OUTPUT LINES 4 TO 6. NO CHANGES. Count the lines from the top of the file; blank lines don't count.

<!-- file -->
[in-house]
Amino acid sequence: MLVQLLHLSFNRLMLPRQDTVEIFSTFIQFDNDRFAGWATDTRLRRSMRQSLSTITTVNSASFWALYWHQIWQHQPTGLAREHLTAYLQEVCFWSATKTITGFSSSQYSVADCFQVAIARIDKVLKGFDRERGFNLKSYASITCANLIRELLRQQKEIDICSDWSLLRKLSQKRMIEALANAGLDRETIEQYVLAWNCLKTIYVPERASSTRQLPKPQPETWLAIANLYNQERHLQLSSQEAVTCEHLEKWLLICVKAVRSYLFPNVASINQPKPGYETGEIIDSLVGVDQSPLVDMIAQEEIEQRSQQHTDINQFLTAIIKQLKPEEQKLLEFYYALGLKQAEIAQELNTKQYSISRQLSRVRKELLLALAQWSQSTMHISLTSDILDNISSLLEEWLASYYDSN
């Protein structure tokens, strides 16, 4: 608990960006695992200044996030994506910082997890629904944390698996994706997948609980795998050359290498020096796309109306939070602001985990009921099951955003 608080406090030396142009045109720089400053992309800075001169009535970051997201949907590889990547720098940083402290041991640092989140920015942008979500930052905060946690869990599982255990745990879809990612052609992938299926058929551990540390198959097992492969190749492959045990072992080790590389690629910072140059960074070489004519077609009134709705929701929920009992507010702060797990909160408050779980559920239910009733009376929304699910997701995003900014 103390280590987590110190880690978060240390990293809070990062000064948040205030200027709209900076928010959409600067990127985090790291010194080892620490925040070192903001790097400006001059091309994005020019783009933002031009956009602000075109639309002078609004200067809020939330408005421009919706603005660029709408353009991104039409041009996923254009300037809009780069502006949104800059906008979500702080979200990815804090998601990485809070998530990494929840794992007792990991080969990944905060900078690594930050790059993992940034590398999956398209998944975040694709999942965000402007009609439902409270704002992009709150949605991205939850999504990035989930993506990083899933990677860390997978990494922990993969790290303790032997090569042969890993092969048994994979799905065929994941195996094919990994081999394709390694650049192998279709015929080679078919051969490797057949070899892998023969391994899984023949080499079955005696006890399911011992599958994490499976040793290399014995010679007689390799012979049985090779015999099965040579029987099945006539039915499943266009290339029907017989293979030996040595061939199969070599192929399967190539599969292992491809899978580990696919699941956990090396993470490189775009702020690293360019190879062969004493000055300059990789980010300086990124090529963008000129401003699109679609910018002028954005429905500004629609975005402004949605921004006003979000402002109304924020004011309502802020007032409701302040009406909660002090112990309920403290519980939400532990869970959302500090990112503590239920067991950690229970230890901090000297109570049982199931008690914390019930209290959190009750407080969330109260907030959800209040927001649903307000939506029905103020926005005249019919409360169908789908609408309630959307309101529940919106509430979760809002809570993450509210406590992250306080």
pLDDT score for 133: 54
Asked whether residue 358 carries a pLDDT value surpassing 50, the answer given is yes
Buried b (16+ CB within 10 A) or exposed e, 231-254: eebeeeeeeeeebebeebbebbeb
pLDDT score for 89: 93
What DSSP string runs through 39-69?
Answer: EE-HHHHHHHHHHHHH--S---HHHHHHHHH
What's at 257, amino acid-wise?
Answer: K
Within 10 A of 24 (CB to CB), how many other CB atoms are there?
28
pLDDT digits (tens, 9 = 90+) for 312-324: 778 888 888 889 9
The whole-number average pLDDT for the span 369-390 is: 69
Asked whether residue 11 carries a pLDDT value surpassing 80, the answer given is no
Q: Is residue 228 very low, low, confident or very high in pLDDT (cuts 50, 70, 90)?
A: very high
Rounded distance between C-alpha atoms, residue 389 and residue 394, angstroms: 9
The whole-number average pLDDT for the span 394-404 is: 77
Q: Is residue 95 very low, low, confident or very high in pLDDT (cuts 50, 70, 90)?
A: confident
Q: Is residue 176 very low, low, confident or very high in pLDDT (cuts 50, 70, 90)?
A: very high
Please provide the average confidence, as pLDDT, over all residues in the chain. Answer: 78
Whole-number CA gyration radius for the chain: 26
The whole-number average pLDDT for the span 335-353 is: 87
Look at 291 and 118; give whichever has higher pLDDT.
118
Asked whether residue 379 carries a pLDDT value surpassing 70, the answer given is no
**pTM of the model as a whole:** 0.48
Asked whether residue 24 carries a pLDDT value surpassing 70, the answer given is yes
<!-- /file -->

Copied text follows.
pLDDT score for 133: 54
Asked whether residue 358 carries a pLDDT value surpassing 50, the answer given is yes
Buried b (16+ CB within 10 A) or exposed e, 231-254: eebeeeeeeeeebebeebbebbeb